IT WAS a gesture done in an effort to be "open and transparent". The Ceann Comhairle John O'Donoghue was opening the files on 14 trips abroad plus countless internal flights booked on behalf of himself and his wife Kate Ann.

The €100,000-plus that was spent on flights, hotels and transport costs had been justified, a statement said, in trying to bring the Irish parliament up to the standards of other parliaments overseas.

The Bull's gesture was, in reality, anything but "open and transparent", as he was forced into an embarrassing public disclosure by the imminent release of the documents to the Sunday Tribune.

It was a damage limitation exercise – clumsily timed to coincide with the Lisbon Treaty – in an attempt to mitigate any damage done to the embattled Kerry TD's reputation.

For more than two months, the Sunday Tribune had been seeking details of all expense claims and all overseas travel involving the Ceann Comhairle and his wife Kate Ann.

On 29 July, the Houses of the Oireachtas Commission confirmed that all of the records would be made available to the Sunday Tribune but at a price. The cost was nearly €600 paid out in the form of a deposit of €117.32 and subsequently a balance of €469.28. The sum was being sought for 28 hours work in the "search and retrieval" process.

A letter from Margaret Crawley, assistant principal in the Houses of the Oireachtas Commission, sent earlier this week, put the newspaper on notice that O'Donoghue was planning to "prepare his records for public release".

"In fairness to you," it said, "I wish to point out that, following the Ceann Comhairle's statement, the office began to prepare his records for public release.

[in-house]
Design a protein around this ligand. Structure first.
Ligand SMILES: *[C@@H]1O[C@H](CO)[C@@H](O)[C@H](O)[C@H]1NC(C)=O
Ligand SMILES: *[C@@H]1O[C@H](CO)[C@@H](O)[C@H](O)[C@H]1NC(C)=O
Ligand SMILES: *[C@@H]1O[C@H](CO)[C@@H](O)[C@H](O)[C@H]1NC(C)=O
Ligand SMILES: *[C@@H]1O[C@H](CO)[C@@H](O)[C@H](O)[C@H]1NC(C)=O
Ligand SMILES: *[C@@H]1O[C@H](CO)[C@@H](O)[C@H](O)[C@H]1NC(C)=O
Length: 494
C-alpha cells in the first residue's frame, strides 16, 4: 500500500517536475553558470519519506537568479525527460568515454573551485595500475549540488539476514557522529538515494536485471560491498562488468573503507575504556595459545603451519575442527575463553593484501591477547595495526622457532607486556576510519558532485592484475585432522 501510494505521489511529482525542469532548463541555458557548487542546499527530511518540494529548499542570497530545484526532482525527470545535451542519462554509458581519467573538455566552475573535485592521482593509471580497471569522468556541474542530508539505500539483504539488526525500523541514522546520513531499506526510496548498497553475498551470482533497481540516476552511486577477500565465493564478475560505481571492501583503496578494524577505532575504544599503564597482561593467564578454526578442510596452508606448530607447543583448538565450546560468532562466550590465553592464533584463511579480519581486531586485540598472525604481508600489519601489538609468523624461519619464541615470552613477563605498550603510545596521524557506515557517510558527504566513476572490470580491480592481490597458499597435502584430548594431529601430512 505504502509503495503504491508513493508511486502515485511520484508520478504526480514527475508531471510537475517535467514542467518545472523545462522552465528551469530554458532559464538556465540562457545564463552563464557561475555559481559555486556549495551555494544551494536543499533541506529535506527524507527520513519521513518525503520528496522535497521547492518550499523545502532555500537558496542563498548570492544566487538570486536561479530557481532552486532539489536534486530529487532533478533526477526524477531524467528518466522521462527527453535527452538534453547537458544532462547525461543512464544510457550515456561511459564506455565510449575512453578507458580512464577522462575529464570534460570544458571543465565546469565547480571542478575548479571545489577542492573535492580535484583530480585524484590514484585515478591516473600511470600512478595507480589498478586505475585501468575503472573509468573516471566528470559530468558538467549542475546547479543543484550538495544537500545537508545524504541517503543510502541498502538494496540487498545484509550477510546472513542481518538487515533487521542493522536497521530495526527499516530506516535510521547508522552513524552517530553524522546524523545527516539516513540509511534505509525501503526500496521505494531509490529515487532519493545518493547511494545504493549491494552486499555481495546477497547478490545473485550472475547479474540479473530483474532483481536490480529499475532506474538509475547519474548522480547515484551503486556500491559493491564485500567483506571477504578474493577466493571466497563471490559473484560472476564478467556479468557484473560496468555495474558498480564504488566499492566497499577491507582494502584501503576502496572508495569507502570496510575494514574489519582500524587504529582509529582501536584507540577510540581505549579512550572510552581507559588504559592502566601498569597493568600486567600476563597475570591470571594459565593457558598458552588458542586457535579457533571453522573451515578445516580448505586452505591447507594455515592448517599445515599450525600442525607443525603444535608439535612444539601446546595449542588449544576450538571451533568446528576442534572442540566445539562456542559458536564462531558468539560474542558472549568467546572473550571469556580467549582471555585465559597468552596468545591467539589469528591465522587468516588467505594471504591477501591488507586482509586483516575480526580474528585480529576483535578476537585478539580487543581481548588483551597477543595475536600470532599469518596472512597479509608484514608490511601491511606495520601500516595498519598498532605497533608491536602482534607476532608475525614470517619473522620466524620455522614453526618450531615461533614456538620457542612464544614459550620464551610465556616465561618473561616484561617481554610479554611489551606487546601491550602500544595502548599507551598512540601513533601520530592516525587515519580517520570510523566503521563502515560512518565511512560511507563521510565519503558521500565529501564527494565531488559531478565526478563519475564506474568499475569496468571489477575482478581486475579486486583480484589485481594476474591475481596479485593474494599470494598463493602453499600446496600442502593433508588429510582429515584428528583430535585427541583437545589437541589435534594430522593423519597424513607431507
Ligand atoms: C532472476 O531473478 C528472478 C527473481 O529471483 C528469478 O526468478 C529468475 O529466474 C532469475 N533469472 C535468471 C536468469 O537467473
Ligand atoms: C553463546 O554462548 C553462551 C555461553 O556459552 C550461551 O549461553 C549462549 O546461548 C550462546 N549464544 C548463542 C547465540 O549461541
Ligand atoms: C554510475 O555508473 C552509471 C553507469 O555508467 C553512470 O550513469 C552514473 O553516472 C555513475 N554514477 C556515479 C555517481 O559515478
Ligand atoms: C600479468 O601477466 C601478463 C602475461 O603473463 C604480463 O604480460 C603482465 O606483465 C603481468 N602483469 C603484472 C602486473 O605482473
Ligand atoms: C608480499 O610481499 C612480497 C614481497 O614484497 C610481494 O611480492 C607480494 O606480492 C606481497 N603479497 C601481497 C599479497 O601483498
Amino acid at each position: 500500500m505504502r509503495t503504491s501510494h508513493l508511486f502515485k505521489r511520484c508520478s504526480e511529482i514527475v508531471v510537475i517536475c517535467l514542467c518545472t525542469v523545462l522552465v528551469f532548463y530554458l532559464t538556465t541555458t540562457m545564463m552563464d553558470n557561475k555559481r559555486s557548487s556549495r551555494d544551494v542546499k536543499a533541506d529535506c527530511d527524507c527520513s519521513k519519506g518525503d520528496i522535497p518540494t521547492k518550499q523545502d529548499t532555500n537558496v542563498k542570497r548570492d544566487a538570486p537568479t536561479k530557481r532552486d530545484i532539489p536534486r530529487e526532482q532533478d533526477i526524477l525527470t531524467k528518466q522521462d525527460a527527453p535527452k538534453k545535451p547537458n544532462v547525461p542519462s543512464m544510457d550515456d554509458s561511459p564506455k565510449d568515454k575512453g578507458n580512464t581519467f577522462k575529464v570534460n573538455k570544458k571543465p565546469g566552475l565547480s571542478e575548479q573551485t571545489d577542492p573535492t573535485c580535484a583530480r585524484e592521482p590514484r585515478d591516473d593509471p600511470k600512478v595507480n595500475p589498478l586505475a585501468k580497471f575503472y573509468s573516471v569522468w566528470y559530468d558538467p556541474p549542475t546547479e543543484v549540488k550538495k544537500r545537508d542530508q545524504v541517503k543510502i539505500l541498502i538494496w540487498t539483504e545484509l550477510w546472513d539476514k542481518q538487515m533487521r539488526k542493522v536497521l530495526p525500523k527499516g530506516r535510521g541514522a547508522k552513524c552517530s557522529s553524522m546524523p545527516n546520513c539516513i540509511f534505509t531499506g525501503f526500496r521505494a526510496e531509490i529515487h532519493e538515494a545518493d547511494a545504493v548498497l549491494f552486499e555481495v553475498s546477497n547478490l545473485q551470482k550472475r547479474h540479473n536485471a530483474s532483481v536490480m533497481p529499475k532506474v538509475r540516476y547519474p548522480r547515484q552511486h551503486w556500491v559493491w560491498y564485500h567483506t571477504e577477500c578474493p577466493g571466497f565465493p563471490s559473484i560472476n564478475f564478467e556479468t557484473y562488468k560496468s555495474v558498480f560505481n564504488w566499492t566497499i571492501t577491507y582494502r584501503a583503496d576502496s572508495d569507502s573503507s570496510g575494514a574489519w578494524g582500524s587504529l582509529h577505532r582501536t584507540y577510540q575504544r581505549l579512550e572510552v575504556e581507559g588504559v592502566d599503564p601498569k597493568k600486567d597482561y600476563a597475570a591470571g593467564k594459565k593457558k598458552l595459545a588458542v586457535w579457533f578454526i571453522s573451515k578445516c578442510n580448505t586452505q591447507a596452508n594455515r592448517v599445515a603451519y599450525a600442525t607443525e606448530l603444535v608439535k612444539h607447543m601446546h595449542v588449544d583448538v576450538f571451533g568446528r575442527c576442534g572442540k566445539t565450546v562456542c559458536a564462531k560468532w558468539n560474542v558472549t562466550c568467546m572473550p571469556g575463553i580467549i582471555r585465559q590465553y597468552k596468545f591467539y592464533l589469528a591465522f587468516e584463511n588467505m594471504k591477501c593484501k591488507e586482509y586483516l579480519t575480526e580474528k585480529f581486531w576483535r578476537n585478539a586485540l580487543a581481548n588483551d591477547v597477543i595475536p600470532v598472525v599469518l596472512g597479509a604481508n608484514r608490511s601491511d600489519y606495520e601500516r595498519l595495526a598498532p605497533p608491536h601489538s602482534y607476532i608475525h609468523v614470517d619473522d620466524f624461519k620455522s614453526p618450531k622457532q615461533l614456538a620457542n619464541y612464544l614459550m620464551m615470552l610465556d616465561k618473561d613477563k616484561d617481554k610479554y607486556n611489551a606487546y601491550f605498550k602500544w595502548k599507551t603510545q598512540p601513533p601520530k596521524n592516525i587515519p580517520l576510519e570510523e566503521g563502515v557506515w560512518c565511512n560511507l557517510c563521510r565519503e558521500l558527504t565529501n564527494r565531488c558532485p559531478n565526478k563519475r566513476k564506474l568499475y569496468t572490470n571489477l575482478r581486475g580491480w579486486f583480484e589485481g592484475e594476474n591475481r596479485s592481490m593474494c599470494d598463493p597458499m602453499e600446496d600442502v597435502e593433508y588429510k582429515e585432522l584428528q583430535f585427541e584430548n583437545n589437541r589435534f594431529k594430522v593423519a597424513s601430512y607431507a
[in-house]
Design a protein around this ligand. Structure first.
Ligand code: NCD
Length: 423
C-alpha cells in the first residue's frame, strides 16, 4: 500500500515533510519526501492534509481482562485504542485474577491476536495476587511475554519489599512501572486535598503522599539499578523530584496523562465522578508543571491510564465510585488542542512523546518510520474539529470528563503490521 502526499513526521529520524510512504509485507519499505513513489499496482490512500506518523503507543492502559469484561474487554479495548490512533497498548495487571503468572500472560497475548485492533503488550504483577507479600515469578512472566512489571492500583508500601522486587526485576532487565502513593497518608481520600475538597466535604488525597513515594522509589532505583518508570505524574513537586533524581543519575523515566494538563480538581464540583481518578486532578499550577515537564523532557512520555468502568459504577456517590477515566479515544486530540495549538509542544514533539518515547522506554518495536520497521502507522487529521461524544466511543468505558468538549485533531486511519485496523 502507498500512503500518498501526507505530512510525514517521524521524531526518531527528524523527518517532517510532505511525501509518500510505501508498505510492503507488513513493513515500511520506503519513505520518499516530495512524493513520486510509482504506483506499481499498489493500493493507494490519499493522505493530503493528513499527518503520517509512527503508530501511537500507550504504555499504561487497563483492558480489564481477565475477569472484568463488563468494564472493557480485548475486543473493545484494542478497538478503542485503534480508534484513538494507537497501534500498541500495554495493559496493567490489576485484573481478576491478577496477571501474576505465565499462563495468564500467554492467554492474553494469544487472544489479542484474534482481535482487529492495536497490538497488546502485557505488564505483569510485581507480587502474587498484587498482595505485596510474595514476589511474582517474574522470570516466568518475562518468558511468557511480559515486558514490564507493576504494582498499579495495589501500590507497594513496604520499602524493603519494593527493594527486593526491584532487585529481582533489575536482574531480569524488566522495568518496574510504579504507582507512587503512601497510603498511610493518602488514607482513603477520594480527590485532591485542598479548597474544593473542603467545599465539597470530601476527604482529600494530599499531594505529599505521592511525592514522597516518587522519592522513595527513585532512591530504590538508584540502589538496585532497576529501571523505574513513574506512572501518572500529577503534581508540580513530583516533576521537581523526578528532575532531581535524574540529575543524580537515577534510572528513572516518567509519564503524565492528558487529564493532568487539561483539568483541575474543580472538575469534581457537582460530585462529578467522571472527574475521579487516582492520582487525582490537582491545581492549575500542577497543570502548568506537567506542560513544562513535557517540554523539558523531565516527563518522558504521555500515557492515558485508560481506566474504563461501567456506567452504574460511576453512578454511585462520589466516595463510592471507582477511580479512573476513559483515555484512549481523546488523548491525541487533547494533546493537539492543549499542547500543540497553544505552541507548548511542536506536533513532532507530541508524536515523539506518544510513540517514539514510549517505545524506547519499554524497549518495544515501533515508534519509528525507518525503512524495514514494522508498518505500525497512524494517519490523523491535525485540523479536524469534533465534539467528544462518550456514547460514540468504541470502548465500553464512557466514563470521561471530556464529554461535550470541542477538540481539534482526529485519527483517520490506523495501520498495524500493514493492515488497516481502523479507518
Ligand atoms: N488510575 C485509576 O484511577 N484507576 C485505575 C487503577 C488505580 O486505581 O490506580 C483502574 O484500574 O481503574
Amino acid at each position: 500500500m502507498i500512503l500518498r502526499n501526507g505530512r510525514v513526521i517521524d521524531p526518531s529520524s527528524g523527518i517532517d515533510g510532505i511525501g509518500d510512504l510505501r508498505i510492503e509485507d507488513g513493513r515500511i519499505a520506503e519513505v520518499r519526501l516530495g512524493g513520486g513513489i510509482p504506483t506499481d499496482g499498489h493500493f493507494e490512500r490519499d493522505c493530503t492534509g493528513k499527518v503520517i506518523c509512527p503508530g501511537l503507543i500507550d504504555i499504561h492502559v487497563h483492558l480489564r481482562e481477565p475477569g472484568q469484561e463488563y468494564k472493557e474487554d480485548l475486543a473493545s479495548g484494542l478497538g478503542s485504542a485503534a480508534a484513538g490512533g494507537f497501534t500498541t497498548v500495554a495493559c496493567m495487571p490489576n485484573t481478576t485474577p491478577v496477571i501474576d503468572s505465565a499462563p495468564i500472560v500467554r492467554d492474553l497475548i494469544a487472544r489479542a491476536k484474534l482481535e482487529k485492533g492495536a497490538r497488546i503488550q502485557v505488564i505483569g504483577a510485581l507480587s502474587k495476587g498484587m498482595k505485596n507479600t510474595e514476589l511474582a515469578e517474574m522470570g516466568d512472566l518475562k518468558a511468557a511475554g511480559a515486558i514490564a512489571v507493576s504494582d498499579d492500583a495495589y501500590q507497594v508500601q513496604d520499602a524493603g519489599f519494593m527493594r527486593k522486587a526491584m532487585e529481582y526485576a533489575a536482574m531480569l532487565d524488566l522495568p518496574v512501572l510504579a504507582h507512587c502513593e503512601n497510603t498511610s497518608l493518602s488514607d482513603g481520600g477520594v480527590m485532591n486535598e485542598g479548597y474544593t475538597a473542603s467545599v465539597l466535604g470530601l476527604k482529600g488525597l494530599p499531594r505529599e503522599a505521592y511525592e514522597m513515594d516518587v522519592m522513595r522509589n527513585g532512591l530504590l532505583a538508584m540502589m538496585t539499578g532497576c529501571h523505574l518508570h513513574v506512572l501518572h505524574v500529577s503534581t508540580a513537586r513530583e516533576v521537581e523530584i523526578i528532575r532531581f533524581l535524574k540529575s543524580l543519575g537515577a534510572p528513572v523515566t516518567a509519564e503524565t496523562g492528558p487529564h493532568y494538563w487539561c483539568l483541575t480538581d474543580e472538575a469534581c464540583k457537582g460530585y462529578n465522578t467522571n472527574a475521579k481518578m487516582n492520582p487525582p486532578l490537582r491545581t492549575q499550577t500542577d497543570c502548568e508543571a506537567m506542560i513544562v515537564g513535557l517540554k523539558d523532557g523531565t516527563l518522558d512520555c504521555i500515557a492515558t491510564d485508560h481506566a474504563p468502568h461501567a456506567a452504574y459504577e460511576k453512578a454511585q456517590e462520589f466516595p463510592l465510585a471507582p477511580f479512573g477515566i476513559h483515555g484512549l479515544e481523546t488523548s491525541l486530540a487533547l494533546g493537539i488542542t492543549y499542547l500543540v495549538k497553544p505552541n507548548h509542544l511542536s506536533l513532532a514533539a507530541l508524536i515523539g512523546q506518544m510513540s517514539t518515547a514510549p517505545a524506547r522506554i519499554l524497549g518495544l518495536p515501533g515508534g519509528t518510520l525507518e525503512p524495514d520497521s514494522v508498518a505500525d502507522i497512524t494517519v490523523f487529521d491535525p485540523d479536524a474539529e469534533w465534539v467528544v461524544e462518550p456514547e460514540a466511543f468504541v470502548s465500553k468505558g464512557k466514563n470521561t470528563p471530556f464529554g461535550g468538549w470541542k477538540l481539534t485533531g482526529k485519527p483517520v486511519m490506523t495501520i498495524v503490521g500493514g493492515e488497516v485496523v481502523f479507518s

"These records may become available at some stage next week. If this occurs, I will notify you and if you wish to obtain the records from that source through the Communications Unit, I will organise a refund of the full amount of the fee paid for 'search and retrieval' costs."

On Friday afternoon, the Sunday Tribune received an email from the Houses of the Oireachtas Commission stating that the files were now available for collection.

It was more than two months after the original Freedom of Information Request and they lacked nothing in detail, running to more than a thousand pages and cataloguing nearly €250,000 in overseas travel and expense claims.

Behind the scenes, O'Donoghue had been preparing his rearguard action, releasing the news on Friday evening, hoping that the following day's news-papers would be dominated by speculation over the result of the Lisbon referendum.

Just two hours after the records were officially handed over under FOI legislation, O'Donoghue and his staff at the Houses of the Oireachtas placed them in the Dáil Library.

A general statement issued just after 3.30pm informed "members of the media" that the records could be inspected within a quarter of an hour.

"The records of all travel, accommodation and related costs incurred by Ceann Comhairle John O'Donoghue TD since he was elected to office were today placed in the Dáil Library," it said.

"This is to honour the commitment made in his statement of 16 September to ensure that the work of the office of Ceann Comhairle should be conducted in an open and transparent manner."